Four years ago I first took the Banks-Vernonia Trail with a big group of friends. This is a bikepacking trip and a pretty fun and easy one at that. I do it at least once per summer. Its a great trip that can be done in a day, but I believe is best done as an overnighter.
You can either drive to the trailhead in Banks to start your trip, or as I prefer, take the MAX out to Hillsboro to the last stop. Then ride through the farms and fields all the way to Banks. Get supplies at the grocery store in Banks (liquor store is inside the grocery store btw). Then start the 21 mile trail which is easy because its on an old railbed. Vernonia also has a market to buy groceries, etc. Vernonia has a cannabis shop as well.
As for camping, there are a few options. Stub Stewart State park is about halfway down the trail and there are bike-in sites available (but no water). They’re first come first served. Stub also has car campgrounds, with a lot of RV and car people. While I’ve camped at the bike-in sites twice, I prefer camping in Vernonia itself. It’s a delightful town with three campgrounds, two of which are right off the trail. The third is the airport campground at an old airfield, not too far of a jaunt off the trail.
After you wake up the next day, get some breakfast in Vernonia and cruise the easy 21 miles back to Banks. Nice and simple.
These towns have been dependent on farming and logging traditionally. Vernonia’s economy was especially dependent on logging. While not nearly as much logging is happening now, the Banks-Vernonia Trail provides another influx of cash, helping diversify the local economy.
It may not seem like much, but I’m sure it adds up for businesses in town. We decided to take a break and eat out on this trip instead of bringing cooking gear and groceries. We spent around $50 for dinner and beers and around $25 for breakfast alone. Camping was $10. A doobie at the shop was $5 taxes included. At the breakfast spot, easily 60% of the patrons were cyclists. Had we chosen to buy groceries and booze, we would have done so at the market in Banks.
If just goes to show how simple tourist infrastructure can reap serious returns over time. All they have to do is maintain and continue to promote the trail, and people will continue to use it. Its kind of a money pipeline, bringing in Portlanders and suburbanites to the countryside. It provides a real, viable source of cash for these communities.
All to often in the city we denigrate the types of jobs and industries people in rural areas depend on, while not proposing nor supporting any economic alternative to take its place with logging being the perfect example. We mock their culture. Oregon counties that were most dependent on logging are now some of the poorest in the state to the point of not even having adequate emergency services. All too often we have disdain and an elitist attitude towards working class people and people from rural areas, an attitude that is largely undeserved. The mainstream Democrats are classist. Of course that has included myself and that irony isn’t lost on me.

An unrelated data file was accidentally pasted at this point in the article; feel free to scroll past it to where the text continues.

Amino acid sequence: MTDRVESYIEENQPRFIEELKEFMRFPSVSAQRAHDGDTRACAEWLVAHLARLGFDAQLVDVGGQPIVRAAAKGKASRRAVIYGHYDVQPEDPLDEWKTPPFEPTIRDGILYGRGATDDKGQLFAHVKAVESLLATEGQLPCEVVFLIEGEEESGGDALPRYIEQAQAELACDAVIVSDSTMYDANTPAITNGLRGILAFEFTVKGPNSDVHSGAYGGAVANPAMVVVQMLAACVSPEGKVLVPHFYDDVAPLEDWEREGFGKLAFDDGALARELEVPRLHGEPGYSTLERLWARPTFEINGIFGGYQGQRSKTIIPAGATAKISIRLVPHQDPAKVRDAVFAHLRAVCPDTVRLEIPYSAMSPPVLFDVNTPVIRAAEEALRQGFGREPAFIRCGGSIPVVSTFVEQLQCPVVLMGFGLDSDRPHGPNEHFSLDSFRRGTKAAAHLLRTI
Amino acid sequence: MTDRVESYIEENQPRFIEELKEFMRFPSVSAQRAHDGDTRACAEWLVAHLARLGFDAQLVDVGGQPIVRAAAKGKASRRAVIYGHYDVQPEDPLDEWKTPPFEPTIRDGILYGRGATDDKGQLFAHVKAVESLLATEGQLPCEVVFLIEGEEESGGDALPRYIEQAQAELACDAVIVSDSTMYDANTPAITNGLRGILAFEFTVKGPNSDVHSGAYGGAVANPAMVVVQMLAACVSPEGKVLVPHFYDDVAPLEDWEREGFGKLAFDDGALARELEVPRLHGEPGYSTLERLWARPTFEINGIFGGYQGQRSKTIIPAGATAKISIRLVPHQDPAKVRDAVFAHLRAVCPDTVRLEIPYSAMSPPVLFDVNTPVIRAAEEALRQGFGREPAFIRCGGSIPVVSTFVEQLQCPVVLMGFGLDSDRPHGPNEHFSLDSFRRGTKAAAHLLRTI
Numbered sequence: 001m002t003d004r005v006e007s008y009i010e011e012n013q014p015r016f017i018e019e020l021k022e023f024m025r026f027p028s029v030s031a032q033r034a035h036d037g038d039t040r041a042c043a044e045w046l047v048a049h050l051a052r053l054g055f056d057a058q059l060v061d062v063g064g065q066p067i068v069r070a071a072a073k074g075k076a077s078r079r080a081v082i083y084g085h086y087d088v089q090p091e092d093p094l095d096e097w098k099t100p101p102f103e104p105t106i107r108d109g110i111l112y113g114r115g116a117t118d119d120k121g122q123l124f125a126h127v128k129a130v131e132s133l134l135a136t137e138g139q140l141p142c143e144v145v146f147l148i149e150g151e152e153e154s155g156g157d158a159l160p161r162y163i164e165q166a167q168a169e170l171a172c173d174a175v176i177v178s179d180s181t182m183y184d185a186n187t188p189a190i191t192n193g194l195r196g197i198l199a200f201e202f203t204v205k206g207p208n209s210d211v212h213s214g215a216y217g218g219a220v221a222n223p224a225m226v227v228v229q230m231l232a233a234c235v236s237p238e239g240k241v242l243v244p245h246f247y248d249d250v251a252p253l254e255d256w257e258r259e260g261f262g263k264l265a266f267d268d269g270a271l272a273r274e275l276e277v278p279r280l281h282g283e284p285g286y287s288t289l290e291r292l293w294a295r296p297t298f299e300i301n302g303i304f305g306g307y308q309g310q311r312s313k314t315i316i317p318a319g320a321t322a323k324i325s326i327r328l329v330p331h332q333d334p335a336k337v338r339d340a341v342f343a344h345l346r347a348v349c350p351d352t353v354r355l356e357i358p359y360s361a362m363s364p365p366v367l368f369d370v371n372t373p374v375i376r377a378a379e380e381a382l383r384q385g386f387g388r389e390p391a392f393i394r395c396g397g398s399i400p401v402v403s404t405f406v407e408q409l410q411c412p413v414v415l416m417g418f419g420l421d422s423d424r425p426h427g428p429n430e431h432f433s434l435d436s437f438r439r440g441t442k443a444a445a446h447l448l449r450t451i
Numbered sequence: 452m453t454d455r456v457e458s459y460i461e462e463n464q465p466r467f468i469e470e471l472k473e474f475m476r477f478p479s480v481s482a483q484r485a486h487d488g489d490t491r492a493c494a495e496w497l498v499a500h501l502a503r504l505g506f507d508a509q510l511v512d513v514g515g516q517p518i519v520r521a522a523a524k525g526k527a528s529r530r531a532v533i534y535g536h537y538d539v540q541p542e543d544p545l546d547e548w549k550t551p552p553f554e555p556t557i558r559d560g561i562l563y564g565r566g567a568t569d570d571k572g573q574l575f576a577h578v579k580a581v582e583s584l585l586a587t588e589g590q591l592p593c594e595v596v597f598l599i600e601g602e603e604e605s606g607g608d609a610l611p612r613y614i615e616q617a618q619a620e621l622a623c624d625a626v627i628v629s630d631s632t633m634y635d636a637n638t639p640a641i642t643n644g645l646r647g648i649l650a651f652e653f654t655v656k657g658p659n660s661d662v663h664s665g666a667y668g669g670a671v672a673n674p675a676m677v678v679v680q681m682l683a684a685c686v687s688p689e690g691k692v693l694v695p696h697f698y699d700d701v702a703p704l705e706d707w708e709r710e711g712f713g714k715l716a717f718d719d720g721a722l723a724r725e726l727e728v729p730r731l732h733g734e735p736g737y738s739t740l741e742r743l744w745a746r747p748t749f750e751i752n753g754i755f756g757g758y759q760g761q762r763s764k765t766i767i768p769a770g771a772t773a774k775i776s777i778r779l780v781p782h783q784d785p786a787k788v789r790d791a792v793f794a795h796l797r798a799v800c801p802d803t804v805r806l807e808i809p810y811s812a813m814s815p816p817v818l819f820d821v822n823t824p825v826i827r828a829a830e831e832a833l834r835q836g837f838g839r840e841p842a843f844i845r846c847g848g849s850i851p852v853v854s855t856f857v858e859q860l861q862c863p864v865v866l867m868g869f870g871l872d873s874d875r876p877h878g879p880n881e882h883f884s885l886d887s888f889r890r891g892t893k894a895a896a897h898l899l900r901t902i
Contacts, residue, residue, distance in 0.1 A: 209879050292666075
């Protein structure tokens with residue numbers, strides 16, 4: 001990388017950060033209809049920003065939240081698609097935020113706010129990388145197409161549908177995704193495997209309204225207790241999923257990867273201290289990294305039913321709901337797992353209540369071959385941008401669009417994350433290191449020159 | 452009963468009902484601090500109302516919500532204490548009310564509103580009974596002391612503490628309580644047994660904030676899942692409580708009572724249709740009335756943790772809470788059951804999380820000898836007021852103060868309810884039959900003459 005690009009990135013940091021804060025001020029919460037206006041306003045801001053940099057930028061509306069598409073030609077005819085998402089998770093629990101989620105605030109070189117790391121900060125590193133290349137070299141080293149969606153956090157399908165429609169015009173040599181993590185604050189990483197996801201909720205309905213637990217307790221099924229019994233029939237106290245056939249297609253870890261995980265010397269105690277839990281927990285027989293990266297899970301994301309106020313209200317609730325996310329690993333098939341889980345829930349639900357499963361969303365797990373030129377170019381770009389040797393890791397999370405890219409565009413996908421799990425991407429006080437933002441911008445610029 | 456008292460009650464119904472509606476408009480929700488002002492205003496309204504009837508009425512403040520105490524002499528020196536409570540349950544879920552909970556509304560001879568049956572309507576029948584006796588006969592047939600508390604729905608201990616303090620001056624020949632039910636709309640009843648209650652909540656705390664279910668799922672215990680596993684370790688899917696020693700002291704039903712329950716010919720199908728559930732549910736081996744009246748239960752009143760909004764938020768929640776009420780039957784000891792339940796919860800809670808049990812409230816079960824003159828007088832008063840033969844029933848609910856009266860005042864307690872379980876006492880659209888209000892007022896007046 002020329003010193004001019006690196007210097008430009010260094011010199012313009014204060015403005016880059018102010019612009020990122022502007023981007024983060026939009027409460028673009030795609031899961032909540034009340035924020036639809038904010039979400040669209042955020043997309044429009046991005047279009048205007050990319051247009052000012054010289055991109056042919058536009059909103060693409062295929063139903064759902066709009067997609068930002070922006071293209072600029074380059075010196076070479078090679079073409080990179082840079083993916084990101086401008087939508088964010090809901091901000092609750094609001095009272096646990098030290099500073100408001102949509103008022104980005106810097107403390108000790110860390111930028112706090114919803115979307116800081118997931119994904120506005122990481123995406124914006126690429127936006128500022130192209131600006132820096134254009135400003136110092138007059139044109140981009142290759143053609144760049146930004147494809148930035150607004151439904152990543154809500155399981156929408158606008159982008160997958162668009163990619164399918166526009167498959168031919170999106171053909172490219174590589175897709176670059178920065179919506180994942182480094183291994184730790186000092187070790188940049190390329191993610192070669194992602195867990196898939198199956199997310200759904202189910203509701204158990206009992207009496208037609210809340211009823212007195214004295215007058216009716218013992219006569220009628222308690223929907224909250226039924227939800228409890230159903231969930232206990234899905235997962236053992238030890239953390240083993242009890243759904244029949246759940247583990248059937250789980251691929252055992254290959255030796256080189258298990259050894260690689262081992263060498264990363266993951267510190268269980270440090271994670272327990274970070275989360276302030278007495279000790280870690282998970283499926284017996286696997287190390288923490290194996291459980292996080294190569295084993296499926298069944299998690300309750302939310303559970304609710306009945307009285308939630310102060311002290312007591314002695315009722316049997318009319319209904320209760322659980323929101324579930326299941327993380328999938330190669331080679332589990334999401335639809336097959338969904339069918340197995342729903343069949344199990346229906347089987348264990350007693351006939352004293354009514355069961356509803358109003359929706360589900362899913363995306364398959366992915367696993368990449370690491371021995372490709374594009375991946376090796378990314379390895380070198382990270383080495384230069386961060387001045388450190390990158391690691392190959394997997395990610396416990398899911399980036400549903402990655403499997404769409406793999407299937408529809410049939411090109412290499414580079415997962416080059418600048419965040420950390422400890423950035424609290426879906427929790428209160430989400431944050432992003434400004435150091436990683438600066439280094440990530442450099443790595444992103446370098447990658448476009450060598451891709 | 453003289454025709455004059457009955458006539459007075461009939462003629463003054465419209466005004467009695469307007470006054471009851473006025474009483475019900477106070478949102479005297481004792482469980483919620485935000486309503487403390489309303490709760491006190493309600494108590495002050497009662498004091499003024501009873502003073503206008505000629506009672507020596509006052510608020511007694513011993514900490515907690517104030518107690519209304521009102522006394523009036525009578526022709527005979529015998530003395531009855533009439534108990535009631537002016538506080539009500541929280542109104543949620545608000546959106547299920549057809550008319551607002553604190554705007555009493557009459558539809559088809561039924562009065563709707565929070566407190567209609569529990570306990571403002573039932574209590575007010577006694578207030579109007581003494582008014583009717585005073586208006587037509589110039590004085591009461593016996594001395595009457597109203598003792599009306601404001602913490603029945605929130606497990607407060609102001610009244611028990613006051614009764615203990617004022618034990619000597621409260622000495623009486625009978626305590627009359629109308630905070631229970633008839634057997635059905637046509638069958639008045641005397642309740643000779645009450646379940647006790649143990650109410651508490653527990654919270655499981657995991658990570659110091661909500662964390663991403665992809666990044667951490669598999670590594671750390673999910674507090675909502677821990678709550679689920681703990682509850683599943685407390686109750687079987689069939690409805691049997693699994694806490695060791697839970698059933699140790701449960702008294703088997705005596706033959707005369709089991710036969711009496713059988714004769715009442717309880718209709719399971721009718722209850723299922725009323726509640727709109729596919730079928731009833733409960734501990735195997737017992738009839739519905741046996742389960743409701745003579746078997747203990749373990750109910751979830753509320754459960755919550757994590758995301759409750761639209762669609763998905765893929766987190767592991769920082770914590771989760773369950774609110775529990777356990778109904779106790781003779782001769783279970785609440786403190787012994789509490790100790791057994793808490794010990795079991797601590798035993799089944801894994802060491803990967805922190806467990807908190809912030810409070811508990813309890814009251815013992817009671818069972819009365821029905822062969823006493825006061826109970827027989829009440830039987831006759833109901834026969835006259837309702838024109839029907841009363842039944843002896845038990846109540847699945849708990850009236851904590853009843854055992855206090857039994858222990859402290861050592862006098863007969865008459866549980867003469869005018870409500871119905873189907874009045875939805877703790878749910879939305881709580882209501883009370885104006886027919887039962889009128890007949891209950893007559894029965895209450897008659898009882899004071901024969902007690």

Here are the results of an inclusive campaign that gave everyone hope in 2008:
Here are the results of an inept HRC campaign:
No wonder they don’t vote with us. In eight years we go from winning Columbia County by 12 points, to losing it by 11…. a 23 point swing!!! The Democrats offer nothing except for tired old lines and compromise with the worst of the GOP’s policies. If you wanna blame someone for Trump look right at your middle class, wealthy, moderate Republicans who turned out in much larger numbers for him and will lose nothing during his presidency. Don’t blame stereotypical tropes of working class, poor, rural white people in trailer parks, most of whom didn’t vote anyhow. Be extra sure to blame our own elitist party leadership for being so thoroughly out of touch of the needs of Americans to the point of losing what should have been the easiest election of all time. And then we work to build an inclusive party with real policy proposals to benefit everyone.
I think the importance of rural tourist attractions like the Banks-Vernonia Trail runs deeper than just an influx of extra cash into the two towns. It’s also an opportunity to be with each other and enjoy each others company in a time where we’ve never been further apart and distrusting of our own neighbors and fellow citizens. Instead of isolating further along political lines, it’s important to interact with each other.
I think its best to really support these local economies when we’re there. Eat lunch, gas up, buy some weed, get some groceries and booze. Make tourism actually benefit these communities. Check out the thrift store if you have time and whatever else piques your interest. Most importantly, be friendly and interact with people genuinely. Be yourself and relax. Their towns and nearby attractions are important to us as backpackers, bikepackers, etc, and the money we spend in their towns helps boost their economies as traditional ways of life (ranching/logging/mining etc) are dead or dying out. We’re all in this together and we must recognize and celebrate our interdependence on one another before it’s too late.